Impact more important than ROI, for now
Third come measures of success. We have long known that if pharma sales reps talk to HCPs using the language of patients, they are 16 to 25 times more likely to see a positive outcome than if they focus a discussion on the data alone. In a science-driven industry like pharma, this is precisely the kind of evidence companies have wanted to see before investing in something new. As recently as five years ago, prospective clients often asked us to prove the effectiveness of our patient-centric programs using hard metrics like these.
Drug development companies that are not truly patient-centric will struggle to succeed
But the spreading of patient-centric programs from sales and marketing teams to other functions within pharma organizations is a relatively recent phenomenon. Departments where patient-centricity is relatively new don’t yet have all their KPIs ironed out. So for now, they are open to working with softer measures, such as impact, as an alternative to ROI (see Table 1).
Measures of success for patient-centric initiatives in R&D, clinical and medical departments will no doubt become more sophisticated and data-focused in time. In the interim, as we saw in our survey results, companies accept that indicators of success can be qualitative, anecdotal or even subjective, on factors such as staff satisfaction.
Companies can even challenge workers in roles unrelated to science or medicine to think about patients as they go about their daily duties. Having someone in finance or IT thinking “What could I do in my role and in my capacity to help the patient?” can only be a good thing. People across functions get more from their work when they can draw a line to how it benefits patients. Excluding some areas of the business from the drive towards patient-centricity is a lost opportunity to boost staff morale.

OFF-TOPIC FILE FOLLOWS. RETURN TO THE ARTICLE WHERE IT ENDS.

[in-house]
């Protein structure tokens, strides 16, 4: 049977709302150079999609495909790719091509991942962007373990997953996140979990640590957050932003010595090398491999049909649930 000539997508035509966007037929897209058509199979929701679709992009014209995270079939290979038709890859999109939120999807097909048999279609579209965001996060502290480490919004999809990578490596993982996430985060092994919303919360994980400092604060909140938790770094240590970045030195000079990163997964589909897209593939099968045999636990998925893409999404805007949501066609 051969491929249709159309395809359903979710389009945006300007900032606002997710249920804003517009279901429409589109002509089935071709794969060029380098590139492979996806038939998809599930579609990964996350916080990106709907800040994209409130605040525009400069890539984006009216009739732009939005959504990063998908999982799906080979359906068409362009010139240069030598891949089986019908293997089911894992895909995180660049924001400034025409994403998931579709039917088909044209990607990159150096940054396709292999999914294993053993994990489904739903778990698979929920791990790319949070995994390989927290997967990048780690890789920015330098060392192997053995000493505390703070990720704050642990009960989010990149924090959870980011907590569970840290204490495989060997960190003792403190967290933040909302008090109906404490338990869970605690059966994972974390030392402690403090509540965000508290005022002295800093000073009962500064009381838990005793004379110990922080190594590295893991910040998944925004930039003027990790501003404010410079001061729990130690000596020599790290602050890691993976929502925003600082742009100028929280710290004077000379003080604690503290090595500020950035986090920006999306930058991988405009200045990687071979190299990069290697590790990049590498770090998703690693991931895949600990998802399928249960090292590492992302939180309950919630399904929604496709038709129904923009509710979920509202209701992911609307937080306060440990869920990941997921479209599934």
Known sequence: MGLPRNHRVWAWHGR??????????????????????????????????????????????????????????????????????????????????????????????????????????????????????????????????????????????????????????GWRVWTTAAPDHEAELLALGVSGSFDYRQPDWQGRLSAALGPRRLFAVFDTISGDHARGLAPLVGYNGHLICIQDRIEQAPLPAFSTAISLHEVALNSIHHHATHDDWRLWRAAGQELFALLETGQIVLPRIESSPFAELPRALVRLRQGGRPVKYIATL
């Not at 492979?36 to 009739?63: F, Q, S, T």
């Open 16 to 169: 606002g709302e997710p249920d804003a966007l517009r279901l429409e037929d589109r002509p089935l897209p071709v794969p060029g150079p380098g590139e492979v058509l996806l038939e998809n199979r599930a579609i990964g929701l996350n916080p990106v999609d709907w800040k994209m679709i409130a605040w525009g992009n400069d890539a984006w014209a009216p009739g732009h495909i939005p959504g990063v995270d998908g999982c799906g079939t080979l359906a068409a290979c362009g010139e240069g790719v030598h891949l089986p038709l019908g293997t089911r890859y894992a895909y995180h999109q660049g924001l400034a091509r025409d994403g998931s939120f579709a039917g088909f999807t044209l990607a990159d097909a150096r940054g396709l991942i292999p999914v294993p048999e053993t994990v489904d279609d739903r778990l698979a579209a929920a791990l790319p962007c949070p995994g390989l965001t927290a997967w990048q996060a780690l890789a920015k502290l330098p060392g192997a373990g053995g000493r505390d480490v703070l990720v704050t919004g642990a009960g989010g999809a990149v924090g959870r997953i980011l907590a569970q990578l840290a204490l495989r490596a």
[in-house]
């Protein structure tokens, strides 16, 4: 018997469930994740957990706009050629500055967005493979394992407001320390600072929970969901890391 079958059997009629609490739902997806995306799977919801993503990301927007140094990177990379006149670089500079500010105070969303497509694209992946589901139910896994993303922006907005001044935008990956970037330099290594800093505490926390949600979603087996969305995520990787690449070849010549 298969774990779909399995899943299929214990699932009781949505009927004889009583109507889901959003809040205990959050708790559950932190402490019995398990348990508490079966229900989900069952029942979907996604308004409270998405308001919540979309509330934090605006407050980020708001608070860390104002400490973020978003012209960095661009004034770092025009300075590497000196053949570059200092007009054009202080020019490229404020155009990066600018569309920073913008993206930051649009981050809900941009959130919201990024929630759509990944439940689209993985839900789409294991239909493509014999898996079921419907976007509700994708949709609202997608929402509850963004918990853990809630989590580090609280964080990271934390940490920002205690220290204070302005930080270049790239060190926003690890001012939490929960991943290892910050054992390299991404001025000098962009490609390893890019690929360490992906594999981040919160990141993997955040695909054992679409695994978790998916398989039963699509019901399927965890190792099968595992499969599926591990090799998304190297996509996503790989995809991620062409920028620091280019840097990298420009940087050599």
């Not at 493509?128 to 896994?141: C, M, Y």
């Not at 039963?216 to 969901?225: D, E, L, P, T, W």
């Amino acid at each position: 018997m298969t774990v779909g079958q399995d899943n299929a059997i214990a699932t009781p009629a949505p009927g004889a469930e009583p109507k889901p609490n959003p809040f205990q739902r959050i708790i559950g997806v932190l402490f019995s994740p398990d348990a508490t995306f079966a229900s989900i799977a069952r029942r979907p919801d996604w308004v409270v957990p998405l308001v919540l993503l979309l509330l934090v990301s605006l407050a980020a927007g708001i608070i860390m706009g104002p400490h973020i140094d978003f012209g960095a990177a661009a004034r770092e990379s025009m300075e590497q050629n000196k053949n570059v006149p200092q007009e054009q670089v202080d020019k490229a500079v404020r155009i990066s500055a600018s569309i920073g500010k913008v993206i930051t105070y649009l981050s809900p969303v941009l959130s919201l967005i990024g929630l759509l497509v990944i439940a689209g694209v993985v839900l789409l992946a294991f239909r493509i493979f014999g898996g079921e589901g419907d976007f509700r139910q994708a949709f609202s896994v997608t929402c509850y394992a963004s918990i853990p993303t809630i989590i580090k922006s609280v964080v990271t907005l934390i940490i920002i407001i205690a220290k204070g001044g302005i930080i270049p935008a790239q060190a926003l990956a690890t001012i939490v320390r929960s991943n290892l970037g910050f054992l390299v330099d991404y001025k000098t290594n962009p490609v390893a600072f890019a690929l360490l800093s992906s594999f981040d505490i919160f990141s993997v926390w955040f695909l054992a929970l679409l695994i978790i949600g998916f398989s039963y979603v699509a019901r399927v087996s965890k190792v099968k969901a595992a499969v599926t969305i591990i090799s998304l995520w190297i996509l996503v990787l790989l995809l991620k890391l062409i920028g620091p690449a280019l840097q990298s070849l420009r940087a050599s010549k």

The confluence of these trends should be encouraging to all pharma companies, regardless of how patient-centric they are today. Those at an earlier stage in their journey can feel confident to invest in upskilling their workers, even while the industry as a whole figures out its vision of a patient-centric future, reinforced by a healthy ROI.
At the other end of the scale are those companies that have very nearly infused patient-centered thinking throughout every corner of their organization, but where commercial and business objectives invariably bump the patient focus into second position. We hope to nudge them to go the final mile and provide the first truly patient-focused blueprints for their industry peers to follow.
Success and succession
It is crucial that this happens because there is a belief in pharma that patient-centricity is key to the industry’s future success. Among the standout findings of our survey, all pharma respondents were in agreement with the statement “drug development companies that are not truly patient-centric will struggle to succeed”. Two-thirds of them strongly agreed.
In addition, success will not only be about product sales and the bottom line in dollar terms, but also pharma’s ability to recruit and retain future talent. Without bright new minds, there will be no promising new molecules to replenish the industry’s pipelines. As a nod in this direction, our survey showed that patient-centricity already gives people who work in pharma today purpose and motivation. The belief that “it’s just the right thing to do” was the top-ranking driver of patient-centric activity among pharma respondents. In second place was the view that patient-centricity makes workers better or more effective at their jobs (see Box 2).
As one survey respondent from a global pharma company put it:
“ [Patient-centricity] defines our why and purpose, and goes to the heart of everything we do. When we align to purpose and a common goal (patients), the rest is easy. It is why we get out of bed each day.”
While these findings came from a small sample, the corollary is that among the next generation of professionals entering the pharma industry, none will want to work for a company that doesn’t put patient outcomes first, or at least on a par with scientific prowess. Looking outside of pharma, they will have witnessed how a few technology startups in the US quickly became global giants, thanks to an unswerving focus on the customer experience. They will wonder why pharma left it so late in the day before seeking to truly satisfy their customers’ needs.
In 20 years’ time, a new breed of winning drugmakers will have all their medical, business and commercial objectives aligned and pointing in the direction of patients. And it will be unthinkable that things were ever any other way.